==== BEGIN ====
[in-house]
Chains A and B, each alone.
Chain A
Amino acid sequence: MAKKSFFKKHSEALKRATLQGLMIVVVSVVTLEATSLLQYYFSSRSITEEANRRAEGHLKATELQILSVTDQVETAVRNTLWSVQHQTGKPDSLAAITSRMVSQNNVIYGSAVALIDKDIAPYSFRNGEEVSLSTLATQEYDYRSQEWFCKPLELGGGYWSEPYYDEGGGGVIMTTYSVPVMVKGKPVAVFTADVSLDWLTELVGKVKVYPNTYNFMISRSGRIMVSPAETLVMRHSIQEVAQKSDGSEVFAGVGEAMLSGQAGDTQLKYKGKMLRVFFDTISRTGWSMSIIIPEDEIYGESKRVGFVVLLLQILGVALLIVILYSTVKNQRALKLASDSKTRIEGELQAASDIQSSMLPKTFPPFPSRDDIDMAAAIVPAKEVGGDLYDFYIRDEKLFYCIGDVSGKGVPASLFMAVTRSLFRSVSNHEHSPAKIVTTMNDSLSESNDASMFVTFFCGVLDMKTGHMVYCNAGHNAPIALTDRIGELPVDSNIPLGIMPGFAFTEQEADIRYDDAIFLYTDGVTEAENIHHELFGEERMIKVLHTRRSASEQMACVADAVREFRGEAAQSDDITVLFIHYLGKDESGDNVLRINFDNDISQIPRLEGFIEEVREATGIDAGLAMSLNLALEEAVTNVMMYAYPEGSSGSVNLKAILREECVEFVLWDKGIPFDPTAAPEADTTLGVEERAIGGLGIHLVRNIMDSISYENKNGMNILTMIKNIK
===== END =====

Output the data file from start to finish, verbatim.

[in-house]
Chains A and B, each alone.
Chain A
Amino acid sequence: MAKKSFFKKHSEALKRATLQGLMIVVVSVVTLEATSLLQYYFSSRSITEEANRRAEGHLKATELQILSVTDQVETAVRNTLWSVQHQTGKPDSLAAITSRMVSQNNVIYGSAVALIDKDIAPYSFRNGEEVSLSTLATQEYDYRSQEWFCKPLELGGGYWSEPYYDEGGGGVIMTTYSVPVMVKGKPVAVFTADVSLDWLTELVGKVKVYPNTYNFMISRSGRIMVSPAETLVMRHSIQEVAQKSDGSEVFAGVGEAMLSGQAGDTQLKYKGKMLRVFFDTISRTGWSMSIIIPEDEIYGESKRVGFVVLLLQILGVALLIVILYSTVKNQRALKLASDSKTRIEGELQAASDIQSSMLPKTFPPFPSRDDIDMAAAIVPAKEVGGDLYDFYIRDEKLFYCIGDVSGKGVPASLFMAVTRSLFRSVSNHEHSPAKIVTTMNDSLSESNDASMFVTFFCGVLDMKTGHMVYCNAGHNAPIALTDRIGELPVDSNIPLGIMPGFAFTEQEADIRYDDAIFLYTDGVTEAENIHHELFGEERMIKVLHTRRSASEQMACVADAVREFRGEAAQSDDITVLFIHYLGKDESGDNVLRINFDNDISQIPRLEGFIEEVREATGIDAGLAMSLNLALEEAVTNVMMYAYPEGSSGSVNLKAILREECVEFVLWDKGIPFDPTAAPEADTTLGVEERAIGGLGIHLVRNIMDSISYENKNGMNILTMIKNIK